Coronavirus cases in the United States exceed 9 million, with no end in sight

Coronavirus cases in the United States exceed 9 million, with no end in sight

Chicago – USA that mentioned The first known case of Coronavirus In Washington state 282 days ago, the total number of infections surpassed 9 million on Thursday, including more than half a million in the past week, as Covid-19 spiraled out of control in the lead up to Election Day.

Across the country, troubling signs are that the worst is yet to come: The nation reported more cases on Thursday – at least 89,000 – than on any other day. More than 20 states have reported more cases in the past week than at any time during the pandemic. Patients were sent to field hospitals in El Paso and the suburbs of Milwaukee. The growing outbreak has resulted in new restrictions on business in Chicago. Exactly zero cases reported continuous declines in cases.

“There is no way to get rid of it – we are facing an urgent crisis and there is imminent danger for you, your family members, your friends and your neighbors,” said Wisconsin Gov. Tony Evers, where hospitals have been strained. The numbers have exploded and more than 200 deaths from the Coronavirus were announced in the past week.

As the days of the presidential election approach, the average number of new cases in the country now stands at more than 75,000 a day, the worst outbreak of the epidemic by this measure. Fatalities, which are lagging behind, are still well below their spring levels but have risen to around 780 cases every day. More cases have been identified in the United States than any other country, although some countries have higher infection rates per person.

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“This increase is greater than any other wave or increases we’ve seen so far,” said Amanda Simanic, an epidemiologist at the University of Wisconsin-Milwaukee School of Public Health, who said she was particularly concerned that the rising number of cases is forcing colder weather into more people. Indoors, where the virus can easily spread. “This is a pattern that would continue to occur if we did not suppress the infection to manageable levels.”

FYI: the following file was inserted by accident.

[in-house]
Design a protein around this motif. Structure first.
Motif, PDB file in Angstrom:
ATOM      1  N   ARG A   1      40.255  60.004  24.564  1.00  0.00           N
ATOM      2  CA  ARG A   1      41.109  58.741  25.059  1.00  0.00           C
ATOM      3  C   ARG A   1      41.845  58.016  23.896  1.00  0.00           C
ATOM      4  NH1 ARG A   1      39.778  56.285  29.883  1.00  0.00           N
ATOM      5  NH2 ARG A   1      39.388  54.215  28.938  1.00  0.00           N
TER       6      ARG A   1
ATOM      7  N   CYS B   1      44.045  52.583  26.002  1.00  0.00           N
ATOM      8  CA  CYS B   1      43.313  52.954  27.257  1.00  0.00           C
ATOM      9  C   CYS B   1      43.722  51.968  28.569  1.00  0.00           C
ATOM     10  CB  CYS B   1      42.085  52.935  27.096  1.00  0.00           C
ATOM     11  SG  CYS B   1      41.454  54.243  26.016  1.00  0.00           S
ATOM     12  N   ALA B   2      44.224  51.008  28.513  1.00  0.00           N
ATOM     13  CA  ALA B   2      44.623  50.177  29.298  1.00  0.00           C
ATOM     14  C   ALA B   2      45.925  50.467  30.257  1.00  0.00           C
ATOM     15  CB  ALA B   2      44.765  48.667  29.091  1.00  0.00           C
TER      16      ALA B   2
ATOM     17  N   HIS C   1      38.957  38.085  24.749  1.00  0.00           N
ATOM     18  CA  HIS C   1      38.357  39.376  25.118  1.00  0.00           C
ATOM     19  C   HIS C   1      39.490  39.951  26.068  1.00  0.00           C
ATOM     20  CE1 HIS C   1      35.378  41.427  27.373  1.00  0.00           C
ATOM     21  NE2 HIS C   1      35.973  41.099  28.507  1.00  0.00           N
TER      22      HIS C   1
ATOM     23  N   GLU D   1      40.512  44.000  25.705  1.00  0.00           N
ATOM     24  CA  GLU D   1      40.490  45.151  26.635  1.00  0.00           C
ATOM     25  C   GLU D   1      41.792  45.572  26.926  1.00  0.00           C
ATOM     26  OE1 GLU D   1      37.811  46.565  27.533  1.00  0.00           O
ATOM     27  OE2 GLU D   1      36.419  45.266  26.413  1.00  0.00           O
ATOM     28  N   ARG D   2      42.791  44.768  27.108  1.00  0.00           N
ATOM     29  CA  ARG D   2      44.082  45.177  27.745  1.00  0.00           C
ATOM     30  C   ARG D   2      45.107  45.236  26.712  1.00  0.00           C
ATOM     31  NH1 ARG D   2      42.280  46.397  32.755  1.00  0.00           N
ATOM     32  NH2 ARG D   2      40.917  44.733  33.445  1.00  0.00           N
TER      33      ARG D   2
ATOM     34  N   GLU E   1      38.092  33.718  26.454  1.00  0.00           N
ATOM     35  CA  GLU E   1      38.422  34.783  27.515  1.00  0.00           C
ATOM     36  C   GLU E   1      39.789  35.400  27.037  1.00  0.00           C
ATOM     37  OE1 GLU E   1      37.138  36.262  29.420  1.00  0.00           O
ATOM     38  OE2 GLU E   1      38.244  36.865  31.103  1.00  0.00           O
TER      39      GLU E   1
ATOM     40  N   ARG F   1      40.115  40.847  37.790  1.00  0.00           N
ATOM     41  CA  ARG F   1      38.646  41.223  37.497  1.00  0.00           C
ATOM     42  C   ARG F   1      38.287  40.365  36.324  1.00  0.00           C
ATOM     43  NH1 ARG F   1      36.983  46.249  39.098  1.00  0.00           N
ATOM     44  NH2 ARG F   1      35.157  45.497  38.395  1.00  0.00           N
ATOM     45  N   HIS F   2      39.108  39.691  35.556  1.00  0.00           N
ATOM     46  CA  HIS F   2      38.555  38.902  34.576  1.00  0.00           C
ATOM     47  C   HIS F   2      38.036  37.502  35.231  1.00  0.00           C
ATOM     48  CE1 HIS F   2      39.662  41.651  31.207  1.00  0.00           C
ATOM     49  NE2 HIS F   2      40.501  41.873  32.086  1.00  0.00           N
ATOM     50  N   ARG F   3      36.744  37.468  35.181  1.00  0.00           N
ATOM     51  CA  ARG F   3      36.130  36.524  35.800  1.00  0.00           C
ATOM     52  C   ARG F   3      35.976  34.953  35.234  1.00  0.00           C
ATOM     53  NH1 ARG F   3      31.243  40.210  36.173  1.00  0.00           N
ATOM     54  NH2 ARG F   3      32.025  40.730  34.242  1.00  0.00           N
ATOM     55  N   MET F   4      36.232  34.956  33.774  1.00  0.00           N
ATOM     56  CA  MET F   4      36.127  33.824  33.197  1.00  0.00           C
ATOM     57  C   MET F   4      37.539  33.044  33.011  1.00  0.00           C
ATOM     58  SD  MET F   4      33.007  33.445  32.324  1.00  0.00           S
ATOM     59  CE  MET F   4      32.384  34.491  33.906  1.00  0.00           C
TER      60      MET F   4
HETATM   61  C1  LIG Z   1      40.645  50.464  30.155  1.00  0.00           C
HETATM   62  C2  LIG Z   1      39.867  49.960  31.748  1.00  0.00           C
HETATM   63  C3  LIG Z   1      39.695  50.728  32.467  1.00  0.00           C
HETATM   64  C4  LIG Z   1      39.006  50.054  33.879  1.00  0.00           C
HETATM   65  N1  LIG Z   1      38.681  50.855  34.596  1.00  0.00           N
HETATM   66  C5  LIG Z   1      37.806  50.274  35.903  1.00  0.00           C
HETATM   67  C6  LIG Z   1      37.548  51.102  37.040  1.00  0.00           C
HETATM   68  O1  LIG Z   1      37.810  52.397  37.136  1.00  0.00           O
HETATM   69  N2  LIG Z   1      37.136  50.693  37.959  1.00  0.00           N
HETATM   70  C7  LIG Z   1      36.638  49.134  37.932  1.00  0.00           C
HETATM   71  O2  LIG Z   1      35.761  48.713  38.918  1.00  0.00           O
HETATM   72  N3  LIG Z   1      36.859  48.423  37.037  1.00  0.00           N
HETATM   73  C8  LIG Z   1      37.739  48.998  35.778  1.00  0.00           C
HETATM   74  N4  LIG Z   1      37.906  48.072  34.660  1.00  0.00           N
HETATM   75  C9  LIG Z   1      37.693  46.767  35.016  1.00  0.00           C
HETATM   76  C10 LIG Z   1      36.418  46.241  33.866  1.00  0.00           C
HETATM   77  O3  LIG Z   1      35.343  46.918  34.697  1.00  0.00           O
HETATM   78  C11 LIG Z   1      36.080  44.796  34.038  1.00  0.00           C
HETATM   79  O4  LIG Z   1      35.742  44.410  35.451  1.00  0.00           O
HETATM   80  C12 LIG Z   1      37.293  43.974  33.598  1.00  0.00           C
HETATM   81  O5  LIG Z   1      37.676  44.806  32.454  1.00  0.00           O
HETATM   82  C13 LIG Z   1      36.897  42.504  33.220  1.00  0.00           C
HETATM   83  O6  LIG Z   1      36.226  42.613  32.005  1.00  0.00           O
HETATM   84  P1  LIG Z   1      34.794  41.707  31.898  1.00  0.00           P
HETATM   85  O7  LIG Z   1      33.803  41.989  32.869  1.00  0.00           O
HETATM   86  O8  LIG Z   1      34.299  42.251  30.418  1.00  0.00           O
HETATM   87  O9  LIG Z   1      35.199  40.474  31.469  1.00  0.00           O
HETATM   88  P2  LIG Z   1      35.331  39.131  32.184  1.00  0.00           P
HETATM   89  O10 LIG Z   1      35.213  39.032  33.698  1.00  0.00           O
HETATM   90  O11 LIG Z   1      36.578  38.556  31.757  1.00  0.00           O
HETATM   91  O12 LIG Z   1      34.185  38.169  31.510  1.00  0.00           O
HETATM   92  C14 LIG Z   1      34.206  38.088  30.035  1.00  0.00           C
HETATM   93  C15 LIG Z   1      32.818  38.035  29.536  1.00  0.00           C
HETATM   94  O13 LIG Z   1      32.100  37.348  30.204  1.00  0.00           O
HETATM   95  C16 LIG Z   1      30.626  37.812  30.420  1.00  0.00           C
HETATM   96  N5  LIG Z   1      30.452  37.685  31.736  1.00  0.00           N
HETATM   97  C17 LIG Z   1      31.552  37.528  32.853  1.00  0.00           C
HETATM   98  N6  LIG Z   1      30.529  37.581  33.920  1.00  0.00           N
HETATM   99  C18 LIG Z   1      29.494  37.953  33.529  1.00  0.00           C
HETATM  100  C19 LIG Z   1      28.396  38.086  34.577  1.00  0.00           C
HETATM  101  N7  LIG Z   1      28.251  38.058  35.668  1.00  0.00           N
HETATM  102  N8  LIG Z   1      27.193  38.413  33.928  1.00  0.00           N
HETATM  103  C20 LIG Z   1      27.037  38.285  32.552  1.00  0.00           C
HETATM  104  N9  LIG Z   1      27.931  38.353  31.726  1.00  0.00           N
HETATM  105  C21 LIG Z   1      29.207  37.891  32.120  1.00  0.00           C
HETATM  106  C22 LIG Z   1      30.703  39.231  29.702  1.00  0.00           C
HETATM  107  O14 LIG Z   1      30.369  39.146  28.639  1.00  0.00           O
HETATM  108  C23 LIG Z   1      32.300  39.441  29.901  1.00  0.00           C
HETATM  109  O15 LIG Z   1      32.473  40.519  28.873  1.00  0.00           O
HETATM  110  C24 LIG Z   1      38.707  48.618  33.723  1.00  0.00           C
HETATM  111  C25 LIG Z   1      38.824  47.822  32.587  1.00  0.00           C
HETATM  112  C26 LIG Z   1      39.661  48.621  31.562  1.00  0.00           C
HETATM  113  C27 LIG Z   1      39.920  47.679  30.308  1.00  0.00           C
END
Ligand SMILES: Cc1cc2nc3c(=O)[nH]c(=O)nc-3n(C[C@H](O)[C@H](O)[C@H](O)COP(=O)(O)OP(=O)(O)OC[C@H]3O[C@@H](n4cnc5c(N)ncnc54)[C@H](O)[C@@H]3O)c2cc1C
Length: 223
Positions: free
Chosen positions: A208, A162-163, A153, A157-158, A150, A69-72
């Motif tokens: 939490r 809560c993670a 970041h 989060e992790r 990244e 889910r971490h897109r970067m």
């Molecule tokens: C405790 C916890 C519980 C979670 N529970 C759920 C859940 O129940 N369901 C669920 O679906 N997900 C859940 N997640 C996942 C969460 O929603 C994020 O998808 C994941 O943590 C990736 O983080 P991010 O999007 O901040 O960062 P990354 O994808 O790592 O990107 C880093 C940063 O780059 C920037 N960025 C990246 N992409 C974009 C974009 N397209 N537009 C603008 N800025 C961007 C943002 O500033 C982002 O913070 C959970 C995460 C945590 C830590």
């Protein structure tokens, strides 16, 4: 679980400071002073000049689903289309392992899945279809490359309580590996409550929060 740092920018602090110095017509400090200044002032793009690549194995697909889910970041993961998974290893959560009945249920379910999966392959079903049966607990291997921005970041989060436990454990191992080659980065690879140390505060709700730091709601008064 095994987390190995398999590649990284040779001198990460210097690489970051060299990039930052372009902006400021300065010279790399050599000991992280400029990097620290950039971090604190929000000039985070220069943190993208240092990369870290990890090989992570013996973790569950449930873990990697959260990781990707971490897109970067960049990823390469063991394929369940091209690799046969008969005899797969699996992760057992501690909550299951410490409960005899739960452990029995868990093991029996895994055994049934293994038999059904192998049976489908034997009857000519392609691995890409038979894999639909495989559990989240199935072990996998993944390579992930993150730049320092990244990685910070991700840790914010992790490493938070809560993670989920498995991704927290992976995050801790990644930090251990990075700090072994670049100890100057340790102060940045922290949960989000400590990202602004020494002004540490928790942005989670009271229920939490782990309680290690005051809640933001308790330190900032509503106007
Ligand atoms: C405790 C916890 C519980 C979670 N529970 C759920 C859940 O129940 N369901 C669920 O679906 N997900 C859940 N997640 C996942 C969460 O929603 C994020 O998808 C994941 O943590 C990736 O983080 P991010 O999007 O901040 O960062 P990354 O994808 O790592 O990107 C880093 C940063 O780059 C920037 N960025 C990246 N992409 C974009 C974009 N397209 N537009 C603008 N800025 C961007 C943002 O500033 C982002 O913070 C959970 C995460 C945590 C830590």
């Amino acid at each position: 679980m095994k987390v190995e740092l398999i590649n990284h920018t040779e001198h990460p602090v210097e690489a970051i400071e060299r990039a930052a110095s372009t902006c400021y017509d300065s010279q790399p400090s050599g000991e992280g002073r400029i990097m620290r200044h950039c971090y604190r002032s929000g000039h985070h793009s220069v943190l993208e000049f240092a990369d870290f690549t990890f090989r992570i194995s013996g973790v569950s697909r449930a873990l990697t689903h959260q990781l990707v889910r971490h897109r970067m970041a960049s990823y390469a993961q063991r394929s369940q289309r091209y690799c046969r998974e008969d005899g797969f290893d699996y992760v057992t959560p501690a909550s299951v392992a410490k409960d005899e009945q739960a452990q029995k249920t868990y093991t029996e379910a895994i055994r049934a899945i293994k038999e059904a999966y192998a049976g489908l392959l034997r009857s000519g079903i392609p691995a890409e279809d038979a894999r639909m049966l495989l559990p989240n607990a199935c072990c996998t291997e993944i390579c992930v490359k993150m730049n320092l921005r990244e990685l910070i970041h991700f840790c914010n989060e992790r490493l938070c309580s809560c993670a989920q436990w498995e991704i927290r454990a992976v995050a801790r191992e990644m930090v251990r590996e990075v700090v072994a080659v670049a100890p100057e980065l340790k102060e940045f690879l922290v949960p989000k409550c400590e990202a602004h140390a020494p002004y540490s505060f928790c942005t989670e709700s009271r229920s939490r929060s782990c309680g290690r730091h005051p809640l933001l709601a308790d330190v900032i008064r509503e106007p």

Recent data are nearly uniformly dim.

21 states added more cases in the seven-day period ending Wednesday than in any other seven-day period of the pandemic. In parts of Idaho And the KS, Officials warn that few hospital beds remain. In North Dakota, where more than 5 percent of the population has now tested positive, case numbers continued to rise, with more than 1,200 new infections recorded on Thursday. With the country reaching nine million cases, experts lamented the missed opportunities that may have limited the spread of the disease.

“I think it’s surprising how quickly this happens,” said Dr. Larry Chang, an infectious disease expert at Johns Hopkins University School of Medicine. “I thought we would do a better job as a country that became organized and come up with evidence-based national plans to mitigate this epidemic. So, while I am not surprised that we got to this number, it happened much faster than I thought.”

Katie Lavond, who runs a coffee shop in Milwaukee, said she worried about what winter might bring and was frustrated that some people seemed oblivious to the increased risks.